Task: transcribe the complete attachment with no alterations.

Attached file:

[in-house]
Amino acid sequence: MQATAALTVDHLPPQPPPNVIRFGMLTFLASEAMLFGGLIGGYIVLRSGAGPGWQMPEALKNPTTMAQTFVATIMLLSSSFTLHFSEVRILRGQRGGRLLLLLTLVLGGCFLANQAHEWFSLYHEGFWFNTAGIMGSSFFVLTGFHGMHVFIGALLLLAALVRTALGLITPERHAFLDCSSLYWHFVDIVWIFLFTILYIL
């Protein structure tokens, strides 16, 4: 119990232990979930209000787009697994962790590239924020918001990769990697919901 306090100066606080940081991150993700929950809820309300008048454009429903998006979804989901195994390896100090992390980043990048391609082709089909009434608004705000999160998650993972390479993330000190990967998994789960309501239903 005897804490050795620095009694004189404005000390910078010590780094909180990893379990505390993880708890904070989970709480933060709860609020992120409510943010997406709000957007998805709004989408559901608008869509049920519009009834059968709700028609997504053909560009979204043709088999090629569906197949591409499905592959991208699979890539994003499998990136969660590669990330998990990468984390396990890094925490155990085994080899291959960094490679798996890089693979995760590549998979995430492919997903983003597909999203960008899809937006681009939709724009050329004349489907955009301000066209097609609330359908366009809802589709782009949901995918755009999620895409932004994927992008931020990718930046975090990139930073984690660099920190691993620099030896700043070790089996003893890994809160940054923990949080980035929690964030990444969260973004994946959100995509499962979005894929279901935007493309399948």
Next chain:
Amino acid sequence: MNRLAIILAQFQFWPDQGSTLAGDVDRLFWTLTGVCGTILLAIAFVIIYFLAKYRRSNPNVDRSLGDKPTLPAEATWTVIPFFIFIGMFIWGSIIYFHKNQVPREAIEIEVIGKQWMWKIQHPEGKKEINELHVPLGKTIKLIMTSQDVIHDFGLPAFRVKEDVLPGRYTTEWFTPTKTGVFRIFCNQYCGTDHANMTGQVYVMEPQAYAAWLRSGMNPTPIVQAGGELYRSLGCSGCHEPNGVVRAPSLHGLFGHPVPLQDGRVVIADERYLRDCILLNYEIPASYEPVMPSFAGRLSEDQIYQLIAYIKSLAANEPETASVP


[in-house]
Amino acid sequence: MQATAALTVDHLPPQPPPNVIRFGMLTFLASEAMLFGGLIGGYIVLRSGAGPGWQMPEALKNPTTMAQTFVATIMLLSSSFTLHFSEVRILRGQRGGRLLLLLTLVLGGCFLANQAHEWFSLYHEGFWFNTAGIMGSSFFVLTGFHGMHVFIGALLLLAALVRTALGLITPERHAFLDCSSLYWHFVDIVWIFLFTILYIL
């Protein structure tokens, strides 16, 4: 119990232990979930209000787009697994962790590239924020918001990769990697919901 306090100066606080940081991150993700929950809820309300008048454009429903998006979804989901195994390896100090992390980043990048391609082709089909009434608004705000999160998650993972390479993330000190990967998994789960309501239903 005897804490050795620095009694004189404005000390910078010590780094909180990893379990505390993880708890904070989970709480933060709860609020992120409510943010997406709000957007998805709004989408559901608008869509049920519009009834059968709700028609997504053909560009979204043709088999090629569906197949591409499905592959991208699979890539994003499998990136969660590669990330998990990468984390396990890094925490155990085994080899291959960094490679798996890089693979995760590549998979995430492919997903983003597909999203960008899809937006681009939709724009050329004349489907955009301000066209097609609330359908366009809802589709782009949901995918755009999620895409932004994927992008931020990718930046975090990139930073984690660099920190691993620099030896700043070790089996003893890994809160940054923990949080980035929690964030990444969260973004994946959100995509499962979005894929279901935007493309399948």
Next chain:
Amino acid sequence: MNRLAIILAQFQFWPDQGSTLAGDVDRLFWTLTGVCGTILLAIAFVIIYFLAKYRRSNPNVDRSLGDKPTLPAEATWTVIPFFIFIGMFIWGSIIYFHKNQVPREAIEIEVIGKQWMWKIQHPEGKKEINELHVPLGKTIKLIMTSQDVIHDFGLPAFRVKEDVLPGRYTTEWFTPTKTGVFRIFCNQYCGTDHANMTGQVYVMEPQAYAAWLRSGMNPTPIVQAGGELYRSLGCSGCHEPNGVVRAPSLHGLFGHPVPLQDGRVVIADERYLRDCILLNYEIPASYEPVMPSFAGRLSEDQIYQLIAYIKSLAANEPETASVP